Orthorexia, which is still the subject of little research, could be detected via a ten-question test developed by Steven Bratman, an American doctor who in 1995 gave this name to the disorder from which he himself suffered.
“If the patient makes a distinction between healthy and unhealthy foodonly strong or even disproportionate emotions invade him towards unhealthy foods and that this has a impact on daily lifehe is probably suffering from orthorexia”, summarizes Alexandre Chapy, psychologist in Montpellier (Hérault).
Orthorexia has a “closeness” with anorexiahe assures us, but a difference remains between the two: “An orthorexic person does not want to lose weight“While that’s the goal of an anorexic person.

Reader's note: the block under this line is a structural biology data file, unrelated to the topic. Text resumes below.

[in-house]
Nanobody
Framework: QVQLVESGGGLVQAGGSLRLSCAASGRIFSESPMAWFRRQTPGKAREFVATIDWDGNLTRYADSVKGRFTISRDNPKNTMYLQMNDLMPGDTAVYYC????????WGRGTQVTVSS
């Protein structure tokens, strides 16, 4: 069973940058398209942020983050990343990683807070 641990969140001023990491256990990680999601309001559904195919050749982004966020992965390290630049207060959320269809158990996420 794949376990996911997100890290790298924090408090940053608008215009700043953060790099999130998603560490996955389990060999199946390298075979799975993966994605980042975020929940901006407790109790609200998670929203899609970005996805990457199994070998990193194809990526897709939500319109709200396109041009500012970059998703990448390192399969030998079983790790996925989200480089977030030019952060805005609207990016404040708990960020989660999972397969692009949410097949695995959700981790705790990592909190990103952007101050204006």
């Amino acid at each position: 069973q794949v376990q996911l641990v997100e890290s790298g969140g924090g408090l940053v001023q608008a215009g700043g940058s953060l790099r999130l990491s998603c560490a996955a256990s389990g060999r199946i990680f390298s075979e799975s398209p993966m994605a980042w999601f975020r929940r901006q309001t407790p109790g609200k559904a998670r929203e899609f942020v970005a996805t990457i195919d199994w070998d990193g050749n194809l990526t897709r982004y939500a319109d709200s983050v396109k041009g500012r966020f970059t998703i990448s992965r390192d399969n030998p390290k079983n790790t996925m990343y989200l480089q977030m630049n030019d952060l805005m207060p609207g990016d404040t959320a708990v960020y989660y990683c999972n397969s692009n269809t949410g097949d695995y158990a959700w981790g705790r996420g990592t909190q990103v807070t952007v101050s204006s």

“Orthorexic people value less aesthetic body image but look at their body through the prism of their health”, analyzes Laurence Myr, dietician.
More than the wish to be healthy, “they are afraid of being poisoned by pesticides or by food, to die of a cancer“explains Alexandre Chapuy.
They follow strict diets that are not not in themselves problematic “as long as we don’t suffer from it, that we don’t isolate ourselves and that the health is not affected”underlines the psychologist.